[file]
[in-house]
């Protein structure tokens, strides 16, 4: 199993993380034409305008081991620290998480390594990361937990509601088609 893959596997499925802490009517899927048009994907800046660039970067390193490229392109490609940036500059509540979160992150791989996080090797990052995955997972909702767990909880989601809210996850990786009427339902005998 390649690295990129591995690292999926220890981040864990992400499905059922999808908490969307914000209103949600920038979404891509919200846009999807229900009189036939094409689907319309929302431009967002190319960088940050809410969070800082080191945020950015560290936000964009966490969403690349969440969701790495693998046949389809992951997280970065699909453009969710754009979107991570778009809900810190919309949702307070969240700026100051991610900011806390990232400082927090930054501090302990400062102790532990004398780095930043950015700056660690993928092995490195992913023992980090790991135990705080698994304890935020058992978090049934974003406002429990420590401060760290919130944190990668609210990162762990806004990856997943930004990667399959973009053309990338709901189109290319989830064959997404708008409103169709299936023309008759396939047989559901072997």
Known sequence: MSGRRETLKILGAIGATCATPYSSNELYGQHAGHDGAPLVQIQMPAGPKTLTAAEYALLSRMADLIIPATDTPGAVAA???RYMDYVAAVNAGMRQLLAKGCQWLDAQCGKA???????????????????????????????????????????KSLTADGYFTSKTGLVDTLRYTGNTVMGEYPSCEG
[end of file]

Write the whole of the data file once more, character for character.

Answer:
[in-house]
């Protein structure tokens, strides 16, 4: 199993993380034409305008081991620290998480390594990361937990509601088609 893959596997499925802490009517899927048009994907800046660039970067390193490229392109490609940036500059509540979160992150791989996080090797990052995955997972909702767990909880989601809210996850990786009427339902005998 390649690295990129591995690292999926220890981040864990992400499905059922999808908490969307914000209103949600920038979404891509919200846009999807229900009189036939094409689907319309929302431009967002190319960088940050809410969070800082080191945020950015560290936000964009966490969403690349969440969701790495693998046949389809992951997280970065699909453009969710754009979107991570778009809900810190919309949702307070969240700026100051991610900011806390990232400082927090930054501090302990400062102790532990004398780095930043950015700056660690993928092995490195992913023992980090790991135990705080698994304890935020058992978090049934974003406002429990420590401060760290919130944190990668609210990162762990806004990856997943930004990667399959973009053309990338709901189109290319989830064959997404708008409103169709299936023309008759396939047989559901072997």
Known sequence: MSGRRETLKILGAIGATCATPYSSNELYGQHAGHDGAPLVQIQMPAGPKTLTAAEYALLSRMADLIIPATDTPGAVAA???RYMDYVAAVNAGMRQLLAKGCQWLDAQCGKA???????????????????????????????????????????KSLTADGYFTSKTGLVDTLRYTGNTVMGEYPSCEG